STATE OF MINNESOTA

IN COURT OF APPEALS

A05-1377

A05-1378

 

David Granville and Marlyss Granville,

 as parents and natural guardians of

Kailynn Granville, a minor,

Respondents (A05-1377),

 

Jacqueline Johnson, as parent and natural

guardian of Shanel Andrews, a minor,

Respondent (A05-1378),

 

vs.

 

Minneapolis School District, Special

School District No. 1,

Appellant.

 

Filed June 27, 2006

Reversed

Willis, Judge

 

Hennepin County District Court

File Nos. 02-10663 & 02-10664

 

 

Erik D. Willer, Michael L. Weiner, Christopher J. Moreland, Yaeger, Jungbauer & Barczak, PLC, 745 Kasota Avenue, Minneapolis, MN  55414 (for respondents)

 

Diane B. Bratvold, Shanda K. Pearson, Rider Bennett, LLP, 33 South Sixth Street, Suite 4900, Minneapolis, MN  55402 (for appellant)

 

Steven L. Theesfeld, Yost & Baill, LLP, 2050 U.S. Bank Plaza South, 220 South Sixth Street, Minneapolis, MN  55402 (for amicus curiae Minnesota Trial Lawyers Association)

 

            Considered and decided by Stoneburner, Presiding Judge; Willis, Judge; and Crippen, Judge.*

S Y L L A B U S

Because Minn. Stat. § 466.12, subd. 3a (2002), which provides immunity from tort liability to all school districts that are unable to obtain liability insurance for an average rate of $1.50 or less per pupil, treats all school districts and their students similarly, the statute does not violate the Equal Protection Clause of either the United States or Minnesota Constitution. 

O P I N I O N

WILLIS, Judge

Appellant school district challenges an order denying its motion for summary judgment based on its claim of immunity from tort liability under Minn. Stat. § 466.12, subd. 3a (2002), which provides immunity to school districts that are unable to obtain liability insurance for an average rate of $1.50 or less per pupil.  The district court, applying both federal and state rational-basis analyses, concluded that the statute’s $1.50 classification is arbitrary in light of current market conditions and “not genuine or relevant to the purpose of the law” and that, therefore, the “operation of the statute . . . violates the equal protection guarantees of the federal and state constitutions.”  Because the record shows that all school districts in Minnesota may apply for and receive immunity from tort liability under Minn. Stat. § 466.12, subd. 3a, and that, therefore, this statute treats all school districts and their students similarly, we conclude that the $1.50 classification does not violate the Equal Protection Clause of either the United States or Minnesota Constitution.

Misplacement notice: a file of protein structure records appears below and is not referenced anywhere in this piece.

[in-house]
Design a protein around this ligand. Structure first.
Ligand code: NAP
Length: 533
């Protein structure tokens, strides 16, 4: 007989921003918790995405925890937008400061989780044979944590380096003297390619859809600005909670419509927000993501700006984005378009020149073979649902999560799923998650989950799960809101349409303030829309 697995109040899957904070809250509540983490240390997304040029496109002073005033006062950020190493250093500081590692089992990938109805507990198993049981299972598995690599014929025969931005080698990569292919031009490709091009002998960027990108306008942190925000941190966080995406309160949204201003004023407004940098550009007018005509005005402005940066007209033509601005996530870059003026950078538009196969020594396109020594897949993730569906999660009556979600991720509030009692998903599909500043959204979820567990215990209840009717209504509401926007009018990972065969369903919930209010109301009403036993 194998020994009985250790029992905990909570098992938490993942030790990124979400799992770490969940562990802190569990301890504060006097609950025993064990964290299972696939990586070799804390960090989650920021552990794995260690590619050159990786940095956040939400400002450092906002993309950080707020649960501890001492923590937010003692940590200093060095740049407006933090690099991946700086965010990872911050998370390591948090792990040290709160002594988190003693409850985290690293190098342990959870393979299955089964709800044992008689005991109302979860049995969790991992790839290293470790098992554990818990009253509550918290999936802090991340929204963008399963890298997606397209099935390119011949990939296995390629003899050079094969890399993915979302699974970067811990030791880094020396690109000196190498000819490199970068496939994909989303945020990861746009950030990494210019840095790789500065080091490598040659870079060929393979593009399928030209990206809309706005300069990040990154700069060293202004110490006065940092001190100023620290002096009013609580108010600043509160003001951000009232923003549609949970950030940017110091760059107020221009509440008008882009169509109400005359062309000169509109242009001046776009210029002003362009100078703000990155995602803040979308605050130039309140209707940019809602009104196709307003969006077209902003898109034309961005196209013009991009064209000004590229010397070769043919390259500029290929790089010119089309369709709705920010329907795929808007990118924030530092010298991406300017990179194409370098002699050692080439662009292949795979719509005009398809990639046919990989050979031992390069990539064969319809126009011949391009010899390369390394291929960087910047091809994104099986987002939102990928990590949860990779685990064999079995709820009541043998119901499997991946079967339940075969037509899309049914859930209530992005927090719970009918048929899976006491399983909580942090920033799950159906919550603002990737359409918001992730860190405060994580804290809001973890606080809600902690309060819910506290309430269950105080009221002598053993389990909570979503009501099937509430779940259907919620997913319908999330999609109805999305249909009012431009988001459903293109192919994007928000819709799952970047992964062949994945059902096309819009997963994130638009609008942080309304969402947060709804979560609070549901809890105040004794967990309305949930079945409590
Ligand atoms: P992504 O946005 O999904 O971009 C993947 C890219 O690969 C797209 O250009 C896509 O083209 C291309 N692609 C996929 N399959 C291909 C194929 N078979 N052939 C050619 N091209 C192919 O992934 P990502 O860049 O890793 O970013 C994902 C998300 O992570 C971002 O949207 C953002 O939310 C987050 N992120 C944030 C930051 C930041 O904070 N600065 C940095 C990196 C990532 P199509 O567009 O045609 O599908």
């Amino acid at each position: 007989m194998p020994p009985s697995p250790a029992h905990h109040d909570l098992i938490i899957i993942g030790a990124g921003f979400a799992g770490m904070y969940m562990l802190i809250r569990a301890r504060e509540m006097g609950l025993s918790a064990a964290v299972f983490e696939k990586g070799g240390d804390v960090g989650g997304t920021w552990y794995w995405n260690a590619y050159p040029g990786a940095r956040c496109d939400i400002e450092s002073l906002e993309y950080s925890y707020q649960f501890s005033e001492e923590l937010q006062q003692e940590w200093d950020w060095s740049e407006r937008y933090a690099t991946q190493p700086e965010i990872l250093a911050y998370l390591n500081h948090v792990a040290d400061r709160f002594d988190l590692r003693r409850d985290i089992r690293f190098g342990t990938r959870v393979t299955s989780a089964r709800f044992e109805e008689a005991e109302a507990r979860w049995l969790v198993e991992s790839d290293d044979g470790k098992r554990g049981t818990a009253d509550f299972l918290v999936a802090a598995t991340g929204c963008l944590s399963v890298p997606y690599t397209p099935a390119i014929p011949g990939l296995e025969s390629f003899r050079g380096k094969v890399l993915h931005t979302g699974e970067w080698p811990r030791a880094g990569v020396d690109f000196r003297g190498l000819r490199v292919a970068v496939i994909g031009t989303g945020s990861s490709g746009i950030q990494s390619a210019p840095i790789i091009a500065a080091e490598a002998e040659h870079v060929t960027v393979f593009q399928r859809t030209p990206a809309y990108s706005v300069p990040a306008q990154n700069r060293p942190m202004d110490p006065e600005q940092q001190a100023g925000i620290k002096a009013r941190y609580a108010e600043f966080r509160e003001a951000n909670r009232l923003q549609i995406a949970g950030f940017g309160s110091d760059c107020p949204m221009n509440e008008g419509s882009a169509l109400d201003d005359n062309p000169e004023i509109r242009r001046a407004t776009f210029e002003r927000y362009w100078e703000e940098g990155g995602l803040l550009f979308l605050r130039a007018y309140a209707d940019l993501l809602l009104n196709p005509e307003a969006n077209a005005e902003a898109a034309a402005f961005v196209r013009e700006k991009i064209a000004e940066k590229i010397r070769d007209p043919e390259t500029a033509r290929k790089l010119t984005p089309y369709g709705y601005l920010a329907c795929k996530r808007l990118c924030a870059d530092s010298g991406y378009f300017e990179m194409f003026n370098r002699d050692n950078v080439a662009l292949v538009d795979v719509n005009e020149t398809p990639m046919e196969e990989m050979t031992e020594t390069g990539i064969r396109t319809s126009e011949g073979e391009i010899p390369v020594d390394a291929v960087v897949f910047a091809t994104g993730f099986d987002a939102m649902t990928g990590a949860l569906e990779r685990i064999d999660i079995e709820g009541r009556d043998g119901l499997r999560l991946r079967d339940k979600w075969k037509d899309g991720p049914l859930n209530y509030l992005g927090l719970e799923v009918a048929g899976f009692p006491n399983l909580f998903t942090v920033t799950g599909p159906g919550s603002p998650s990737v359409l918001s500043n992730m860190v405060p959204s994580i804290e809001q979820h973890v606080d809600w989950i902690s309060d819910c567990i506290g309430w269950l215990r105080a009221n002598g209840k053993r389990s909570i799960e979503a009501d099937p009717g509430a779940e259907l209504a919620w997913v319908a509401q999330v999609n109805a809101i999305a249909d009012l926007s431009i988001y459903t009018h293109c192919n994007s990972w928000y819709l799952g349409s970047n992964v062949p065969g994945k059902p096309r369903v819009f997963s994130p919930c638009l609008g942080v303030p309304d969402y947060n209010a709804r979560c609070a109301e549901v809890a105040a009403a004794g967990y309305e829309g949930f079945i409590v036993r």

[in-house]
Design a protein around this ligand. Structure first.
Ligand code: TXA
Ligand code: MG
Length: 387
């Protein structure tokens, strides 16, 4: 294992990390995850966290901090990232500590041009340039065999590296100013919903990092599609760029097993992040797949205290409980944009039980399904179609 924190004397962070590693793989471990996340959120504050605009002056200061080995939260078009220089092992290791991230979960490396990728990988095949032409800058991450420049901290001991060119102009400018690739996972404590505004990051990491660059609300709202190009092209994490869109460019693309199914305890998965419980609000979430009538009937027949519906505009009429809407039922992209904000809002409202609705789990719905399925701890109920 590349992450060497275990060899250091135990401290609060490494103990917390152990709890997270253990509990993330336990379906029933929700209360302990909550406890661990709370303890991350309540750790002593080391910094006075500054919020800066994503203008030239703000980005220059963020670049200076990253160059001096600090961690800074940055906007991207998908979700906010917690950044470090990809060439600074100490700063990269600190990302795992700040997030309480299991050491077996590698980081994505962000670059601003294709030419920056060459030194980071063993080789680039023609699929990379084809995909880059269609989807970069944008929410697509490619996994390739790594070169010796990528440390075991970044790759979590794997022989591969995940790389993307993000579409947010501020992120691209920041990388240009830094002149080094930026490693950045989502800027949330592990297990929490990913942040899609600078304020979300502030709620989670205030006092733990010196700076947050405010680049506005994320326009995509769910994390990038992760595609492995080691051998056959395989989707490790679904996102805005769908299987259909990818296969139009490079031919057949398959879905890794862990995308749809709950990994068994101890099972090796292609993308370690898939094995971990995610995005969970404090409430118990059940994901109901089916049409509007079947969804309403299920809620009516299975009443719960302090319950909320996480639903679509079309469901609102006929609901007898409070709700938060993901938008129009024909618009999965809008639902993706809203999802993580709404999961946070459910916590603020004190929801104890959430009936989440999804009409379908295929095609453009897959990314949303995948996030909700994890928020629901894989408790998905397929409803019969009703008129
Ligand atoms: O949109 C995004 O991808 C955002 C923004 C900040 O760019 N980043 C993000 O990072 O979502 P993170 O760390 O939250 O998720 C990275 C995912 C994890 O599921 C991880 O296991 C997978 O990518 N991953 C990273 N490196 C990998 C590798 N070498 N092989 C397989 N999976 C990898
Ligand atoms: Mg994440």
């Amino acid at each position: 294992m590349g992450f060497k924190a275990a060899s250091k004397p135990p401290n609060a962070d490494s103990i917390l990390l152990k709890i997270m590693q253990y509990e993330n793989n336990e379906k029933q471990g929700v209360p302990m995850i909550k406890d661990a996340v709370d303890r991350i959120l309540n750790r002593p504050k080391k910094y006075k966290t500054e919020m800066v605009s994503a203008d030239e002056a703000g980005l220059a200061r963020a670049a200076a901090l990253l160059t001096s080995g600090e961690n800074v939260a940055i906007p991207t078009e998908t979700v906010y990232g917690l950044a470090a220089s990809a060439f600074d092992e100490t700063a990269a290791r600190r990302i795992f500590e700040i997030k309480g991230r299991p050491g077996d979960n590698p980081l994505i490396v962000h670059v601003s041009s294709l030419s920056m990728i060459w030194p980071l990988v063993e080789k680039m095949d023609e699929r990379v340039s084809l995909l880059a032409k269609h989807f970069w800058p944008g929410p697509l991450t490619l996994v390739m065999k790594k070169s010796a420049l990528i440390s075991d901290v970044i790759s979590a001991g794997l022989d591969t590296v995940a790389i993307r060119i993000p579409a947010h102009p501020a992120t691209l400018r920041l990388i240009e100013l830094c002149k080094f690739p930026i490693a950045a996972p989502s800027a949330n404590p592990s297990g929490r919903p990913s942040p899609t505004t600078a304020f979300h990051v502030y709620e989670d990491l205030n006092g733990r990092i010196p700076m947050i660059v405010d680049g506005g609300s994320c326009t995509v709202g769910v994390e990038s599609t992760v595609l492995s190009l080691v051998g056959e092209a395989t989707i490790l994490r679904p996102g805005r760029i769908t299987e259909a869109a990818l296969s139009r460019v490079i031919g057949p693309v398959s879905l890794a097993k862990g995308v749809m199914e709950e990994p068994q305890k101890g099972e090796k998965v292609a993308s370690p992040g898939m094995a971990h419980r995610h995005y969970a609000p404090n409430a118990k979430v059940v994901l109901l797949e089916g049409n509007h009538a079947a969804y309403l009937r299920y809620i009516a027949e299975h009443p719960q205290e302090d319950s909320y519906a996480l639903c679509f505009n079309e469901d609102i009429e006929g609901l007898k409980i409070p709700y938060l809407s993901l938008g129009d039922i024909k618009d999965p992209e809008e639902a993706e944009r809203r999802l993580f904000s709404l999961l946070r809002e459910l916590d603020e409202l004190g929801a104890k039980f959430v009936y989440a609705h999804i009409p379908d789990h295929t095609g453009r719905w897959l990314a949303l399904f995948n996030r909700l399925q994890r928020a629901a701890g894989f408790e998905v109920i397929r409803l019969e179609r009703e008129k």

FACTS

            In November 2001, Loring Elementary School students Kailynn Granville and Shanel Andrews were injured when they collided while participating in a game of flashlight tag in a completely dark gymnasium during physical-education class.  In June 2002, respondents David and Marlyss Granville and Jacqueline Johnson, the parents of the children, sued appellant Minneapolis Public Schools, Special School District No. 1 (the school district), to recover damages for their children’s personal injuries.  The school district moved to dismiss the suit, arguing that it was immune from tort liability under Minn. Stat. § 466.12, subd. 3a (2002), which provides immunity to school districts that are unable to obtain liability insurance for an average rate of $1.50 or less per pupil.  Respondents countered that Minn. Stat. § 466.12, subd. 3a, violates the equal-protection clauses of the United States and Minnesota constitutions by creating an unconstitutional racial classification and by depriving students of the fundamental right to seek redress for injuries caused by another.  Respondents argued that because the school district’s student population is 45 percent African American and the school district is the only school district in the state to request and receive the certification necessary to claim immunity from tort liability, the application of the statute created a class of African American students who are prevented from exercising their right to sue the school district.  In November 2002, the district court granted the school district’s motion to dismiss, applying a rational-basis test to the statute and concluding that it was constitutional.